Purpose: Arteriovenous malformations (AVMs) are congenital vascular anomalies, not proliferative neoplasms, but tend to behave aggressively with unpredictable growth and tissue destruction. For the understanding of the angioarchitecture of extracranial AVM, which is believed to be the main cause that explains all presenting symptoms, the study aimed to elucidate the vascular structure of extracranial AVM with vascular cast of completely excised AVM lesion.
Methods: From 1996 to 2011, a total of 289 cases with extracranial AVM received surgical or surgery-based treatment by the authors in the department, excluding cases that received embolization alone. Among them, 10 patients (4 female cases, 6 male cases) were involved in this study. All the AVM nidi were excised and injected with resin through feeding arteries, then the corrosion casts were made for dimensional measurement.
Results: Arteriovenous malformation nidus was comprised of multilevel branched blood vessels. We measured the diameter of predominant trunk and primary level branch vessels. The diameter of predominant trunk ranged from 2.0 (0.2) to 4.3 (0.2) mm, whereas primary level branch vessels from 1.0 (0.1) to 2.0 (0.2) mm. Seventy percent of AVM casts included trunk blood vessels with the maximal diameters ranged from 4 to 12 mm, and an average of 7.0 mm (SD, 0.93; n = 10). In this series, the smallest blood vessel visible in the cast was approximately 0.2 mm in diameter, whereas balloon-like serious dilated vessels from 10.2 to 25.4 mm.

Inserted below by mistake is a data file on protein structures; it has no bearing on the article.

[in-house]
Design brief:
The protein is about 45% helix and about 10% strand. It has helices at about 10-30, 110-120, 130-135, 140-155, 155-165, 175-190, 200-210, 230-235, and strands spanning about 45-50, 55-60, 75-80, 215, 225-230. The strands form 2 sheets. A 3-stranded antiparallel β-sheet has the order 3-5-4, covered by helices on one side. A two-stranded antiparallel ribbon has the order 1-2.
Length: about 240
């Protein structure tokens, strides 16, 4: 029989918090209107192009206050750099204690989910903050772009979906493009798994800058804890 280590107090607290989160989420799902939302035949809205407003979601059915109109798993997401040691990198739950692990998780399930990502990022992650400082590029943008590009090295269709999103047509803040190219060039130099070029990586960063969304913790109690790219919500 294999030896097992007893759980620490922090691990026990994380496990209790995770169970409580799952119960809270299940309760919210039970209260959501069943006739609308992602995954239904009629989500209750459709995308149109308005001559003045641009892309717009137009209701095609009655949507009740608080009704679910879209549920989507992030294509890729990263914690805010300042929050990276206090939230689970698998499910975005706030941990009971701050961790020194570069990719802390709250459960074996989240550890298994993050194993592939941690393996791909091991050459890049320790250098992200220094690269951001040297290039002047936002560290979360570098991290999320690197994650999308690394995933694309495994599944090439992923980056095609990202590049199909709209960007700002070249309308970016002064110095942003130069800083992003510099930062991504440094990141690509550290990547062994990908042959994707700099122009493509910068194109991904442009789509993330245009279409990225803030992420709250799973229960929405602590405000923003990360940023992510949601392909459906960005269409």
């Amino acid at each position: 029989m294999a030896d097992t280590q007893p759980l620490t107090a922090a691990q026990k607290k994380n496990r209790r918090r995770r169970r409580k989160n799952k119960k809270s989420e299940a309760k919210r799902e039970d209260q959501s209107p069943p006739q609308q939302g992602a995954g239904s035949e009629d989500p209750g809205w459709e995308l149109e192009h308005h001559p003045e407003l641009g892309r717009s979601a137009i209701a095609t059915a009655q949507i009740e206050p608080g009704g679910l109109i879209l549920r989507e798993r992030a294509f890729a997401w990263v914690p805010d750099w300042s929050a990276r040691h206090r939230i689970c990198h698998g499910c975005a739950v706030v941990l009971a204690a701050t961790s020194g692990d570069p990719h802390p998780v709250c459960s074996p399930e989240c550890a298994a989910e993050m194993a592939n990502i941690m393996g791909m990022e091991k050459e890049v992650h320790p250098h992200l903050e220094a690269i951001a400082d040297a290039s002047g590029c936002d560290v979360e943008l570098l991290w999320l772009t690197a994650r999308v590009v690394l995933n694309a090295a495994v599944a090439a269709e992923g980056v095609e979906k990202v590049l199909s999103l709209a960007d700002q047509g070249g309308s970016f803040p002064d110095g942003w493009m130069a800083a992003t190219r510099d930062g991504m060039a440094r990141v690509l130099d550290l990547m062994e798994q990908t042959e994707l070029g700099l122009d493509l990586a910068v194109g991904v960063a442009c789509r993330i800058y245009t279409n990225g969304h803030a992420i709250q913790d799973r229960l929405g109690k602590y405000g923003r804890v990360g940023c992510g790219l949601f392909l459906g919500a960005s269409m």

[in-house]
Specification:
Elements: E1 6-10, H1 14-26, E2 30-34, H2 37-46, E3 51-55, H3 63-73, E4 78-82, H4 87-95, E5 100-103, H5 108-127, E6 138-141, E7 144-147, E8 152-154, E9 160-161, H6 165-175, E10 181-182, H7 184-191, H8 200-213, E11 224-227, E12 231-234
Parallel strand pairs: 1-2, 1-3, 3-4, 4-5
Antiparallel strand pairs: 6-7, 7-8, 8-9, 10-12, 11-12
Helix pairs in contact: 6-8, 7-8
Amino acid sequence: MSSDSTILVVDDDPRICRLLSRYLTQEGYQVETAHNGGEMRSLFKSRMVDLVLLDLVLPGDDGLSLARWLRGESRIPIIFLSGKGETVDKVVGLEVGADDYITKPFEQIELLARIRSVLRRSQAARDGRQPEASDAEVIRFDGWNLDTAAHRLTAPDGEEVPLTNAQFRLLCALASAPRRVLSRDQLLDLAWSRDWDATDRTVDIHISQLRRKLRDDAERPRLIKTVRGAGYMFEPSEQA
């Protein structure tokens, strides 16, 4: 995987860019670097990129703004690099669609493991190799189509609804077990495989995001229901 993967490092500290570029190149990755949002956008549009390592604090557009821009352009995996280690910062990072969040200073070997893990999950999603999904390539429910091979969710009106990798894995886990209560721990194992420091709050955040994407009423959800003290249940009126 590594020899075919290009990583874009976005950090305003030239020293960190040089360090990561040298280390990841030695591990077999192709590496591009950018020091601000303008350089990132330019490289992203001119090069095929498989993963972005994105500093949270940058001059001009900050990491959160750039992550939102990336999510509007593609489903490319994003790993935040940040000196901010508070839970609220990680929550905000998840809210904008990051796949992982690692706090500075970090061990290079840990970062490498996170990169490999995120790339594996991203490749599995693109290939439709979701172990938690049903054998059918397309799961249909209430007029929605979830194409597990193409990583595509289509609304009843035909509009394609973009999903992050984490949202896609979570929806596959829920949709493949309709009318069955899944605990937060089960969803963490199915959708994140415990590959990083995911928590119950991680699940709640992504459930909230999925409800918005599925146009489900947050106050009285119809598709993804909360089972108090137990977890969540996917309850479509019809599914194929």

Conclusions: Vascular casting study shows us more informative, realistic, and objective 3-dimensional angioarchitecture than digital subtract angiography, 3-dimensional computed tomography angiography, and magnetic resonance angiography, not only for the facilitation of treatment decision but also for the purpose of education and research.
From the Department of Plastic and Reconstructive Surgery, Shanghai Ninth People’s Hospital, Shanghai Jiao Tong University, School of Medicine, Shanghai, China.
Received May 3, 2014, and accepted for publication, after revision, May 10, 2014.
Conflicts of interest and sources of funding: Supported by the Public Benefit Research Foundation (No. 200802097) of China.
Xiaoxi Lin and Da Chen contributed equally to this work and should be viewed as co-first authors.
Reprints: Xiaoxi Lin, MD, Department of Plastic and Reconstructive Surgery, Shanghai Ninth People’s Hospital, Shanghai Jiao Tong University, School of Medicine, Zhizaoju Rd, Shanghai 200011, China. E-mail: firstname.lastname@example.org.